Sri Lankan native asks Oak Parkers for relief aid

Padma Villagomez, one of several Sri Lankans living in Oak Park and River Forest, is asking residents to help in the relief effort.

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By KEN TRAINOR

Padma Abeysinghe Villagomez, 55, has lived in Oak Park since 1984. She runs a daycare in her home along with her husband, Reynaldo. She's never had occasion to ask her adopted community for a favor, but she's asking now.

Padma grew up in Sri Lanka, the island country famous for its teas, one of the Indian Ocean nations most heavily impacted by the deadly tsunami. As of last weekend, the death toll there stood at 28,500.

"I've never asked for a favor before," she said.

She and her husband are calling for donations. Their charity of choice is a Christian organization called World Vision. She and her husband have been sponsoring children in Sri Lanka and elsewhere around the world for the past 30 years. At the moment, they have four. World Vision's literature carries a photo endorsement from Jeopardy's Alex Trebek.

The Villagomezes aren't fussy about which charity donors choose, but they note that World Vision is already established in Sri Lanka, and they've seen where the dollars are going. Padma returns to her native land every year (she was there this past August) because family still lives there.

Fortunately, they live in the town of Wellampitiya, which is well inland, about 10 miles from the largest city, Colombo, so it was spared the devastation. A family from her town, however, was on vacation by the coast and all five were killed. She also has friends from California who traveled to Sri Lanka for a wedding Dec. 24 then headed west to the Maldives for the honeymoon and are still stranded there.

Padma couldn't get through on the phone Dec. 26 to learn her loved ones' fate, but a cousin in Canada managed to get through and relayed the news. Sri Lanka's population is approximately 29 million, Padma said, and some 5 million people were left homeless.

She says other native Sri Lankans live in Oak Park and River Forest, most of them working in the medical field. Padma came here at the urging of a friend, got married and never left.

Since the disaster, she's been watching CNN and calls home regularly.

"I have a big telephone bill," she said, "but I don't mind."

Tom Murphy is another Oak Parker with a local connection. His daughter Allison, 24, just finished a stint in the Peace Corps on the island chain of Vanauatu, formerly New Hebrides, northwest of New Zealand. The TV series Survivor was filmed on the island just north of her, Murphy said. It's a  volcanic island with electricity for about an hour a day.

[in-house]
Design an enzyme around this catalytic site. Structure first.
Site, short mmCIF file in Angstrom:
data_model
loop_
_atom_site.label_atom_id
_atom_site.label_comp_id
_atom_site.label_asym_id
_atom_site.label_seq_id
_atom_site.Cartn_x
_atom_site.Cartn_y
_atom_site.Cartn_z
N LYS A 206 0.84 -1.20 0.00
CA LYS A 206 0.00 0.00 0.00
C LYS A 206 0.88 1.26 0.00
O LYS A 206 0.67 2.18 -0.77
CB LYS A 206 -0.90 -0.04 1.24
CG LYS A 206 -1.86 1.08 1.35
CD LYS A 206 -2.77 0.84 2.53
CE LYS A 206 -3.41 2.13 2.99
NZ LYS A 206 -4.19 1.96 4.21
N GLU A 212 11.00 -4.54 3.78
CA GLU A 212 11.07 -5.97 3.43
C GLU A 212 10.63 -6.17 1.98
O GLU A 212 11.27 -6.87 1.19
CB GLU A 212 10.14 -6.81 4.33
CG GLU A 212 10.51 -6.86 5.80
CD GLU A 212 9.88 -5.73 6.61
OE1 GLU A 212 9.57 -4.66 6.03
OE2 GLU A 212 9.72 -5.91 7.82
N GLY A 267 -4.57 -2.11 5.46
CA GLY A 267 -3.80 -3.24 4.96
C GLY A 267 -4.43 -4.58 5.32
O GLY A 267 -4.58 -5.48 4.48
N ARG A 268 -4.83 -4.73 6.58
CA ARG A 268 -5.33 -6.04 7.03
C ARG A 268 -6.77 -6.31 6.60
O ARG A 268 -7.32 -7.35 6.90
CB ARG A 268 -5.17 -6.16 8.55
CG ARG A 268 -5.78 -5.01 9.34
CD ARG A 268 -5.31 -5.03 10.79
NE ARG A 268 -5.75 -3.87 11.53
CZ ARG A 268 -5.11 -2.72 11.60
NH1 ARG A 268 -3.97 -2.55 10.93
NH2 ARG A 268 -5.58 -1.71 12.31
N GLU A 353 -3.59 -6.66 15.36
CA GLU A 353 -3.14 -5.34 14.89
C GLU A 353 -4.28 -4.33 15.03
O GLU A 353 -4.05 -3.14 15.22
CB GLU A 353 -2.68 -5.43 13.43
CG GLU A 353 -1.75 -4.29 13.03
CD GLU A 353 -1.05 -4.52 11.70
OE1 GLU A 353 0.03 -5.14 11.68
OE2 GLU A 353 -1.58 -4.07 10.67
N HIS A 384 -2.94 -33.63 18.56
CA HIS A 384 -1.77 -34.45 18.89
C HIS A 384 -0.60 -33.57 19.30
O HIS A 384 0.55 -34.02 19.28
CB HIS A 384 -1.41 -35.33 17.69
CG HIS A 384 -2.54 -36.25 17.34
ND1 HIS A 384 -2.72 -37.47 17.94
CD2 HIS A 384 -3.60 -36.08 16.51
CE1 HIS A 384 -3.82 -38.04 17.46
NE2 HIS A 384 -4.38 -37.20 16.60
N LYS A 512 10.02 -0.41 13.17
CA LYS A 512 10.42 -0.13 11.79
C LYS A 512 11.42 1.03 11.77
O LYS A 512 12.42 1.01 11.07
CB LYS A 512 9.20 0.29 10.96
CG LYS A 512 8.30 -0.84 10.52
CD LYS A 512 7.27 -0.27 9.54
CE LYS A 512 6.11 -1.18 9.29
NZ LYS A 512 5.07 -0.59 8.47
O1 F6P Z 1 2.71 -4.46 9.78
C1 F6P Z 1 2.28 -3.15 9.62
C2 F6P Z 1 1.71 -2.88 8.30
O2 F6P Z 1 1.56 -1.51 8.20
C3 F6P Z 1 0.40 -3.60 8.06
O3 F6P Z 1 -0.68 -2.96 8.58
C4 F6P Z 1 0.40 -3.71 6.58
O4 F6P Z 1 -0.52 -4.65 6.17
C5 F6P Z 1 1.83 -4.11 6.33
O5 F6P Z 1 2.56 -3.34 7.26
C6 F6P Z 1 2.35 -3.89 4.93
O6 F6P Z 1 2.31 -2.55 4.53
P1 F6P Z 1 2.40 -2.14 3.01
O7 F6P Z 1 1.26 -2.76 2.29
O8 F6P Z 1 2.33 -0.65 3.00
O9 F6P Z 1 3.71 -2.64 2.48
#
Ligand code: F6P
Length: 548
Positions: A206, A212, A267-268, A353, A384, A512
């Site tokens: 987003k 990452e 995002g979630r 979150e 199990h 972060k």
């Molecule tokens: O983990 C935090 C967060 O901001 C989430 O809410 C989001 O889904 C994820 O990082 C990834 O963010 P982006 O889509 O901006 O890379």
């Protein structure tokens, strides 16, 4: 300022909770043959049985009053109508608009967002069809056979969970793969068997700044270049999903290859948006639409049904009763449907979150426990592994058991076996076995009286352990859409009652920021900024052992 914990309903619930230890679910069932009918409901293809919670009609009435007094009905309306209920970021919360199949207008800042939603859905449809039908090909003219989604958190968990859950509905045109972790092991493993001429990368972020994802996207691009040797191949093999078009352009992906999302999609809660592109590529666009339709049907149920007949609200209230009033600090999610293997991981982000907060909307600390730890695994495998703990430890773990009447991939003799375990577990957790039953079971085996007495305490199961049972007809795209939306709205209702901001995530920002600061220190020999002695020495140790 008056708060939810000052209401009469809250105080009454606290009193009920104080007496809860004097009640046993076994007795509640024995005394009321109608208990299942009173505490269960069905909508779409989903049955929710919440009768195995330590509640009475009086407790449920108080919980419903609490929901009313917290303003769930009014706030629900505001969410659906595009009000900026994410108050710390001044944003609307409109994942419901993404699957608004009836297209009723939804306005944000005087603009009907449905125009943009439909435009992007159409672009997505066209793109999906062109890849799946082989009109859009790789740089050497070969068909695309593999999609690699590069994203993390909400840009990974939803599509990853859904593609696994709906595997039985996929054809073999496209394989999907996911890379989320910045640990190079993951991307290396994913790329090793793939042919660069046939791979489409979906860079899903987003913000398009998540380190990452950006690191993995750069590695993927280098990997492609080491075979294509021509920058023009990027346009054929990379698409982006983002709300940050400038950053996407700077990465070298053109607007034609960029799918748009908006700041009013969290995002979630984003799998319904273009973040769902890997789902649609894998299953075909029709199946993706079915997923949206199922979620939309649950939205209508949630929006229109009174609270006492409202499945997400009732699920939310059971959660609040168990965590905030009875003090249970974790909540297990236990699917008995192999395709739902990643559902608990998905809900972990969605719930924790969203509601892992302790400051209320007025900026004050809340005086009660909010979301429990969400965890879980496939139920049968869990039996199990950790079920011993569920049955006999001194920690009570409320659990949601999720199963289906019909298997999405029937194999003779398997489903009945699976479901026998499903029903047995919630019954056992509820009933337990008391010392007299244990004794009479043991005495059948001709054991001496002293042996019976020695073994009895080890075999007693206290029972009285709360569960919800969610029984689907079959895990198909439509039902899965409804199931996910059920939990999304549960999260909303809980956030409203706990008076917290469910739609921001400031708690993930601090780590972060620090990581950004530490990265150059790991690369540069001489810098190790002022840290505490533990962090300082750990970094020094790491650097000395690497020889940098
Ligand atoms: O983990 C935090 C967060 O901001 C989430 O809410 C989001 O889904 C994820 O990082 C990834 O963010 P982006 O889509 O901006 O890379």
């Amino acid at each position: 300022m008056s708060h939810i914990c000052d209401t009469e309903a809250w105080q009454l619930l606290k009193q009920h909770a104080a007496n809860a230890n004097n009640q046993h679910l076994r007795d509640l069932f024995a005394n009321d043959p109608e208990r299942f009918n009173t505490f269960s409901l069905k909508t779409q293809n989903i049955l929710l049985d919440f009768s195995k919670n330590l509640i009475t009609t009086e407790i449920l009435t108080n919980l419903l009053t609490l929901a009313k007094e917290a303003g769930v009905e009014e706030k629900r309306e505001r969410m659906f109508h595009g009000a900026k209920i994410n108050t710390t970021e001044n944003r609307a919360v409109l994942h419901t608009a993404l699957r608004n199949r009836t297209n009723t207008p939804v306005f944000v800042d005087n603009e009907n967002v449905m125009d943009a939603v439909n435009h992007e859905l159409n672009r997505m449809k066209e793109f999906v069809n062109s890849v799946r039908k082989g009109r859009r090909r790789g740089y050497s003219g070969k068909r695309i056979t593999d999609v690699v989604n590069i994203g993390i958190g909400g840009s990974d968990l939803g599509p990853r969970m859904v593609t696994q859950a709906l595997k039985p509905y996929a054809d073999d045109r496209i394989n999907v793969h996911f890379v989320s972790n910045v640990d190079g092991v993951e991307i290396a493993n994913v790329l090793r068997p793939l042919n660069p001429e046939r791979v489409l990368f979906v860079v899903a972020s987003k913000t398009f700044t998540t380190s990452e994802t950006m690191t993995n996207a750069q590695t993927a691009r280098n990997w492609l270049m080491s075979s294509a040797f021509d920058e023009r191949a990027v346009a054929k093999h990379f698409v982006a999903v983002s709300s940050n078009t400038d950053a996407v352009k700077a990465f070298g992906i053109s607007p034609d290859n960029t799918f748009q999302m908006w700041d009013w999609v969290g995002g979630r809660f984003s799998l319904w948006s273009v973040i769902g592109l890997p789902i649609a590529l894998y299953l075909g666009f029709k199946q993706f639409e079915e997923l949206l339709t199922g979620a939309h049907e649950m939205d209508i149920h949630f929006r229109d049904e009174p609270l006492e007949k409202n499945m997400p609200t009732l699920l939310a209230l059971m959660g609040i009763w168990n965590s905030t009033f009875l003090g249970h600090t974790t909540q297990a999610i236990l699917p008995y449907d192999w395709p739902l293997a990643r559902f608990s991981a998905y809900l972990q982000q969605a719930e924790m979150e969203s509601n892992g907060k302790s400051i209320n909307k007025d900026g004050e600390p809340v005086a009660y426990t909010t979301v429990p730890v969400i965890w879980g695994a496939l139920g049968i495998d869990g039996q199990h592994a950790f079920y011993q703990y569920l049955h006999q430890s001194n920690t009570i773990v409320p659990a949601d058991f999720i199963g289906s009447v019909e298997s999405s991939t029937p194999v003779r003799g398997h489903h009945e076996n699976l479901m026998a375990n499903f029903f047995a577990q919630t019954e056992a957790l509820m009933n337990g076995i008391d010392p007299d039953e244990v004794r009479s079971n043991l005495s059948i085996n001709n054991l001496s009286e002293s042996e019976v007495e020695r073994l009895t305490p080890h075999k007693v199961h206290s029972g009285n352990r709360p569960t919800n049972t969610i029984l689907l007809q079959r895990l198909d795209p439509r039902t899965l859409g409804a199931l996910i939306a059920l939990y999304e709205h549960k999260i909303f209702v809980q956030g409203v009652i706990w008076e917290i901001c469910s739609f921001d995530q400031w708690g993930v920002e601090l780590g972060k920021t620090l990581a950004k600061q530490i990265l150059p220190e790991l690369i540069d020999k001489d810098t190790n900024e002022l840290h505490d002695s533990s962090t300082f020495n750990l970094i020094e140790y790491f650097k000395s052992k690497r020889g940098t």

One of her regular routines was calling and saying, "Don't worry, I'm OK." Once it was a typhoon with 200+ mph winds that lasted three days. Then there were earthquakes. Then the volcano erupted.

Once her teaching gig ended, she decided to travel around southern Asia. Murphy received a call from her at 7 a.m. that Sunday, saying, once again, before he even knew about the disaster, "Don't worry, I'm OK." Fortunately, she was in Singapore on the other side of Indonesia, so she wasn't affected. A few days later, she walked into the Peace Corps office in Bangkok, Thailand to pick up malaria pills, and they told her she was one of their "missing."

The Peace Corps tracks their volunteers closely, Murphy said.

Padma Abeysinghe and Reynaldo Villagomez, however, are more concerned about those who weren't so fortunate.

"This is the first time I've ever asked for help from my community," she said.

The address of World Vision-Sri Lanka is P.O. Box 70200, Tacoma, Wash. 98481-0200 (Phone: 800/777-5777).

Locally, Community Bank of Oak Park River Forest is collecting funds for the Thai-American Association of Illinois USA, a 501c3 non-profit organization. Checks should be made out to "Thailand Tsunami Relief Fund" and can be dropped off or sent to either of Community Bank's locations: 1001 Lake St., Oak Park 60301 or 7777 W. Lake St., River Forest 60305.

The Oak Park Board of Realtors is also collecting relief donations. Call Rich Gloor Jr. at 386-0150 or 524-1100 for more information.

Other agencies include:

? Catholic Relief Services-Archdiocese of Chicago Tsunami Relief, 155 E. Superior St., Chicago 60611 (www.catholicrelief.org)

? Jewish Federation of Metropolitan Chicago: Jewish Federation South Asia Tsunami Relief Fund, 1 S. Franklin St., Rm. 703, Chicago 60606 (www.juf.org).

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